Apple Rumoured To Land Rights For 2025 FIFA Club World Cup Tournament

The New York Times:

FIFA, soccer’s global governing body, is close to an agreement with Apple that would give the tech company worldwide television rights for a major new tournament, a monthlong, World Cup-style competition for top teams that will be played for the first time in the United States next summer.

The value of the deal might be as little as a quarter of the $4 billion FIFA had first estimated, the people said. It is unclear if the deal with Apple will include any free-to-air rights, meaning the entire event could be available only to subscribers of Apple TV+, a factor over which senior executives at FIFA have raised concerns.

In his Puck newsletter, John Ourand said that Apple is garnering a reputation of being a ‘bottom feeder’ in sports. The perception is that Apple is an insignificant player, and can only secure the leftover scraps of sports rights, while the likes of Google, Amazon and — to a lesser extent — Netflix fight for the big national packages from the NBA, NFL and others. This is on a backdrop of the reality that Apple’s streaming service, Apple TV+, can only boast low two-digit millions of subscriber membership.

As you might expect, Apple would probably reject the idea of weakness and frame their position differently. Eddy Cue and team clearly value exclusive, unrestricted, streaming rights that are exploitable in many countries and regions. That’s what they got with the MLS deal and MLB Friday Night Baseball, and that’s what the FIFA Club World Cup would be.

Evidently, Apple has the stature and the financial might to secure deals of that nature, when they are available. The simple fact of life right now is the number of those possible deals are thin and far between. The major leagues are not yet willing to yield everything over to streaming, as they try and preserve as much of the reach and exposure that the slowly-dying-but-still-huge traditional broadcast networks provide.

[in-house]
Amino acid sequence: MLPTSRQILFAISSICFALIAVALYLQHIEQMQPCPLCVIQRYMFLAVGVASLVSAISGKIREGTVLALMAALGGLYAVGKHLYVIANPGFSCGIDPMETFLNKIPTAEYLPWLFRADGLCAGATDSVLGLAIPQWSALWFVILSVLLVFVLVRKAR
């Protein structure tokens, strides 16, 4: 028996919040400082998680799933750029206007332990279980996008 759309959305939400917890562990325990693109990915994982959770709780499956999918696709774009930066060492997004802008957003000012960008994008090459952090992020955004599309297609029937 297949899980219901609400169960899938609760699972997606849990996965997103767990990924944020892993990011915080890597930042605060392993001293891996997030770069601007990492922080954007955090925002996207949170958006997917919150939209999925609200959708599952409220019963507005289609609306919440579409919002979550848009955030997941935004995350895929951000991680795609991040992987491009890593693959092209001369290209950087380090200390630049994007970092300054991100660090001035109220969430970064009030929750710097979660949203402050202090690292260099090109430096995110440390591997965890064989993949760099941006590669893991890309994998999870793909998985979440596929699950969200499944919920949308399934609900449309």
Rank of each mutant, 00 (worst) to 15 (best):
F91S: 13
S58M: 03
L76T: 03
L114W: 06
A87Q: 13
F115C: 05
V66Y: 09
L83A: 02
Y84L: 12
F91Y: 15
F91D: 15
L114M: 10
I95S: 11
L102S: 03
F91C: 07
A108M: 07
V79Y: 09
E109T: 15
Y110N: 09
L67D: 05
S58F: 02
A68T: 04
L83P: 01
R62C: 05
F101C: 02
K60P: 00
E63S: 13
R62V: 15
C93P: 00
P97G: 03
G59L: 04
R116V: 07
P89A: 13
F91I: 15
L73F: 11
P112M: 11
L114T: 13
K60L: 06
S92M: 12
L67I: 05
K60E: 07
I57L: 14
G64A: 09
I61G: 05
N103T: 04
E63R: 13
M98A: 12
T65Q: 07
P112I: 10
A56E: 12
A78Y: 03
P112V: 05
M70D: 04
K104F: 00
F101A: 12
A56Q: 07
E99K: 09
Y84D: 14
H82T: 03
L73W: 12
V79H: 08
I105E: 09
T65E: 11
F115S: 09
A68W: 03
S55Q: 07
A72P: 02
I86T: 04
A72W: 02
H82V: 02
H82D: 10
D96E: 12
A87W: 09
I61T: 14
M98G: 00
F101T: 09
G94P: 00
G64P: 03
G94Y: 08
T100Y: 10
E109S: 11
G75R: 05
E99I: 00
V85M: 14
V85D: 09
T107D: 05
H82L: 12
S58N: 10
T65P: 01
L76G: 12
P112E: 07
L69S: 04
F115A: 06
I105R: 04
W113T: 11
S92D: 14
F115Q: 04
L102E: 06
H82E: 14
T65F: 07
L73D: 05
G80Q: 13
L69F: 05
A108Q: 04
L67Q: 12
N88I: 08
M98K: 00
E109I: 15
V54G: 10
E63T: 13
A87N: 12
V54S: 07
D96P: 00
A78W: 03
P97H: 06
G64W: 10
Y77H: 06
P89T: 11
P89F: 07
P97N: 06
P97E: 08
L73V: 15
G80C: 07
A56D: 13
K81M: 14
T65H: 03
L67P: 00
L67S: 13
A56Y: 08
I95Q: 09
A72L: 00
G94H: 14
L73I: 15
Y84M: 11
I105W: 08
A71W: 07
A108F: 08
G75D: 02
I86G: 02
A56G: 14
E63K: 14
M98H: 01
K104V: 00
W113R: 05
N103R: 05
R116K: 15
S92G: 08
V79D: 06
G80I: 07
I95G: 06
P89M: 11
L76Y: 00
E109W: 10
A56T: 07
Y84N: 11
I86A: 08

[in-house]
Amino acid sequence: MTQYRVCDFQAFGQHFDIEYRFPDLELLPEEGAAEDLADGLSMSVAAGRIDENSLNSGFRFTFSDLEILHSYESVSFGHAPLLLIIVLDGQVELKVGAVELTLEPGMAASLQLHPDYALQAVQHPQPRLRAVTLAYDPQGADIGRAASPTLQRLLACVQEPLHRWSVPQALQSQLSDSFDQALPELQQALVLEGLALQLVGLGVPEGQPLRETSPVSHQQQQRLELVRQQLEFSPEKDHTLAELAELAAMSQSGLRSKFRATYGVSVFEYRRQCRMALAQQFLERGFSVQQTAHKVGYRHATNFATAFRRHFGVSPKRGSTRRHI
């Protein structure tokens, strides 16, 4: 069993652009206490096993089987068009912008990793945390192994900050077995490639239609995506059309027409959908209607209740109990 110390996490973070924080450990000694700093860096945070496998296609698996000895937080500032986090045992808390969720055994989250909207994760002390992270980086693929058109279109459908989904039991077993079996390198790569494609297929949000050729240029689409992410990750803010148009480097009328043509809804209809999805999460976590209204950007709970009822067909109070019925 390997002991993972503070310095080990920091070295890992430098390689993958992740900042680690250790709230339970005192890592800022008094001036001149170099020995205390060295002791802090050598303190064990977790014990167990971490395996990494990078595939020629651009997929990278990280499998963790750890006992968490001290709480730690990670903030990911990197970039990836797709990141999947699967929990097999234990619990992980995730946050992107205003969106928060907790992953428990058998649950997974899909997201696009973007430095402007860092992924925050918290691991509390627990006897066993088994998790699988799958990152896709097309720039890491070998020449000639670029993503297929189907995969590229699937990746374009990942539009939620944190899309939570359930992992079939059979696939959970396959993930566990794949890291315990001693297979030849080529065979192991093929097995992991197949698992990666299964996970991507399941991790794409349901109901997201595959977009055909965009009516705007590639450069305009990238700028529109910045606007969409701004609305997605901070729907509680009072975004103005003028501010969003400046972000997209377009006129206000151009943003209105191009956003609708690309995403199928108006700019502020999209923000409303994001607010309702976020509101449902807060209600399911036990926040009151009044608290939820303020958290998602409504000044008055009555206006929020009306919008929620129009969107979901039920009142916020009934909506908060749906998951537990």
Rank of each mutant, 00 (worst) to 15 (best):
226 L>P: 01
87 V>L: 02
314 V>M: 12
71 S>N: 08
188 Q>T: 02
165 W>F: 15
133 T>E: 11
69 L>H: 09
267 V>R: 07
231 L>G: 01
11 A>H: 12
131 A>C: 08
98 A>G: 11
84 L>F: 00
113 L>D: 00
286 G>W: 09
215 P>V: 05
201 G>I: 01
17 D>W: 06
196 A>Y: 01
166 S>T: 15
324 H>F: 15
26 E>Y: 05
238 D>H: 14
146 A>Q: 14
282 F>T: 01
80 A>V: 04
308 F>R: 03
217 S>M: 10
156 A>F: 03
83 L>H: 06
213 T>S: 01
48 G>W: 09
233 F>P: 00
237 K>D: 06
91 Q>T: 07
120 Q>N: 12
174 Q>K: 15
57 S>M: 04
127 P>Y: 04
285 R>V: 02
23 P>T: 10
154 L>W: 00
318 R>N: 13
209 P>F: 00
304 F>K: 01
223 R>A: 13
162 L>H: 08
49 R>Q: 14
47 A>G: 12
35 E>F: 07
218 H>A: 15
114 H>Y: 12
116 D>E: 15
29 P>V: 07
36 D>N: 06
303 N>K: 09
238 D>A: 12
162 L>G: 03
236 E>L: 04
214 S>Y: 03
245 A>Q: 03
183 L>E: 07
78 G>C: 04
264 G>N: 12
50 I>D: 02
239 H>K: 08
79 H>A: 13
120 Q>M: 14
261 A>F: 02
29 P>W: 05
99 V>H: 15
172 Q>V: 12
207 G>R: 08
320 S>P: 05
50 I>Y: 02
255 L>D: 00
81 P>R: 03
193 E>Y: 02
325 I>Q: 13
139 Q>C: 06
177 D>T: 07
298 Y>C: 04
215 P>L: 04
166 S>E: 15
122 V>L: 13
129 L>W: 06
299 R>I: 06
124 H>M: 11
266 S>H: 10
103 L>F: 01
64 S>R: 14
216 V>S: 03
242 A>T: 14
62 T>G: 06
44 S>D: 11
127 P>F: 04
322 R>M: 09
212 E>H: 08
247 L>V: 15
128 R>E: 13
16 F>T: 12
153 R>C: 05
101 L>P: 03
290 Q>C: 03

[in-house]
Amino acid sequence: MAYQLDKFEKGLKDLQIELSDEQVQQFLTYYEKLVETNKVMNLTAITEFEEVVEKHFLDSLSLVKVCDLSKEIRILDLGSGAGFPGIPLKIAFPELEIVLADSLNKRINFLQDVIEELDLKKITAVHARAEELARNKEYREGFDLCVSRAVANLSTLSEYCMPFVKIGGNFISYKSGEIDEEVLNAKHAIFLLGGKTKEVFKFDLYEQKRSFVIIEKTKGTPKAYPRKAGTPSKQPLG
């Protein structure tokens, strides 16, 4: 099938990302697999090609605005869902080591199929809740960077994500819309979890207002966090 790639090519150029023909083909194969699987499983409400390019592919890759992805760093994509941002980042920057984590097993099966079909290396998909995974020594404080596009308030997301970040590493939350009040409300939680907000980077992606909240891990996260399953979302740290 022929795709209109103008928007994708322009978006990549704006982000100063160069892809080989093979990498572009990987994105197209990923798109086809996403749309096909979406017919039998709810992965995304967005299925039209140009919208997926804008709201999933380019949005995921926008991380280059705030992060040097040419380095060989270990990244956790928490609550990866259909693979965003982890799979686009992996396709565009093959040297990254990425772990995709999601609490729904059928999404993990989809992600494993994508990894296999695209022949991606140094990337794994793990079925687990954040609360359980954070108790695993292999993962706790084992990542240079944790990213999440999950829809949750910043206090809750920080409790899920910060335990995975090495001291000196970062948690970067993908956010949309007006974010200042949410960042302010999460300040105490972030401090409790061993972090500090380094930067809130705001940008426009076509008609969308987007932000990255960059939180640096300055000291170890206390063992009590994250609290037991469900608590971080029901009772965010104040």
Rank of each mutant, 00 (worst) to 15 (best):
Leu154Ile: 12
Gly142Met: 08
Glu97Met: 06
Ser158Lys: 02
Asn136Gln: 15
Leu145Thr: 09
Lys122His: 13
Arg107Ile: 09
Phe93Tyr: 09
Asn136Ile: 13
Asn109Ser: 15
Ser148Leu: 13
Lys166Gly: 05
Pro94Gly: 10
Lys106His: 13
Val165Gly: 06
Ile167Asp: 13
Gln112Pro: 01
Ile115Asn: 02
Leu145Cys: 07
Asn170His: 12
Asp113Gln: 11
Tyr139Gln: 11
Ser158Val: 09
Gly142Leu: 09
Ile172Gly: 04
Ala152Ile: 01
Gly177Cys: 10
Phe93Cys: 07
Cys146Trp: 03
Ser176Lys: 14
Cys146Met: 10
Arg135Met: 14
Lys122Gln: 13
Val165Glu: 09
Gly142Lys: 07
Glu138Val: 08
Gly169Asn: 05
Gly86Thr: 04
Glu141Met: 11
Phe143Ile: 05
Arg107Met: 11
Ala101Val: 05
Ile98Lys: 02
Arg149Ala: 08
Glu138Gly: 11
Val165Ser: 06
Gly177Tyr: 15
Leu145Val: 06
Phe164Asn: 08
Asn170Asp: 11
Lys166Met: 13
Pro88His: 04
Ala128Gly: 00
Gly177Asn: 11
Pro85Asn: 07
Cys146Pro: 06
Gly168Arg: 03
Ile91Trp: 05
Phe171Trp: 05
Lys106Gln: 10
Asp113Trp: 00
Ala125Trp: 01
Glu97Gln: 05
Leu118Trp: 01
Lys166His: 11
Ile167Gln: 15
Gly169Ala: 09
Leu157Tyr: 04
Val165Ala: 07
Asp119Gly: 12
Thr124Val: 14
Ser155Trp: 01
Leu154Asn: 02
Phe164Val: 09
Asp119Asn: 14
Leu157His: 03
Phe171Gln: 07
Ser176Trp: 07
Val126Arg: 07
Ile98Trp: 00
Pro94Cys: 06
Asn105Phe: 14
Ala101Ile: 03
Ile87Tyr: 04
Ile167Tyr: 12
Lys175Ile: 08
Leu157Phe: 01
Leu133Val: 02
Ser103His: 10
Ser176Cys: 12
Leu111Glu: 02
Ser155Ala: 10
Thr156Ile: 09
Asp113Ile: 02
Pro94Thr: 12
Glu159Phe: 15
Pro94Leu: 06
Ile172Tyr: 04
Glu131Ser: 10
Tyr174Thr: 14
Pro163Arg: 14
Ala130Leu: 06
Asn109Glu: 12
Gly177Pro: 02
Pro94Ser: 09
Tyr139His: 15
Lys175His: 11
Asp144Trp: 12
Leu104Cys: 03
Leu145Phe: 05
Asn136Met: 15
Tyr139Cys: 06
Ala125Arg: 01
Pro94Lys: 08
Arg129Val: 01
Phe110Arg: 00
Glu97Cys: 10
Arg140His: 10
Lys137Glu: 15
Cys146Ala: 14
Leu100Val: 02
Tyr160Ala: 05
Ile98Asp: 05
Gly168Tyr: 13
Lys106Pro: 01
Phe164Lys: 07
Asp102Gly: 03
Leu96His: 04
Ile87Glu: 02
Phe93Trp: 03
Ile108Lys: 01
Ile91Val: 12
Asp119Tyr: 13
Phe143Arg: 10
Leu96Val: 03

With that context, it becomes more of a strategy question. Is it a blunder not to get what you can, even if it isn’t exactly what you want? Apple certainly has the confidence to sit out and taking things slowly. We’ve seen this play out, almost in the open given the amount of coverage it got, with the NFL Sunday Ticket negotiations. Apple was the frontrunner, but seemingly backed out when it didn’t go their way in the late stages of the dealmaking process.

Another similar situation transpired with the Pac-12. Apple was the leading bidder for a package of rights for the conference, with very similar terms to the MLS deal, but it was held up as some of the leading schools balked at the presented figures. Rather than overspend or give concessions, Apple held firm and they simply watched while member schools defected and the conference imploded altogether.

Perhaps it is misguided bravado, but I think Apple sees themselves as the ones in the position of strength, able to bide their time unless they can get what they want. That doesn’t sound like the mindset of a bottom feeder to me.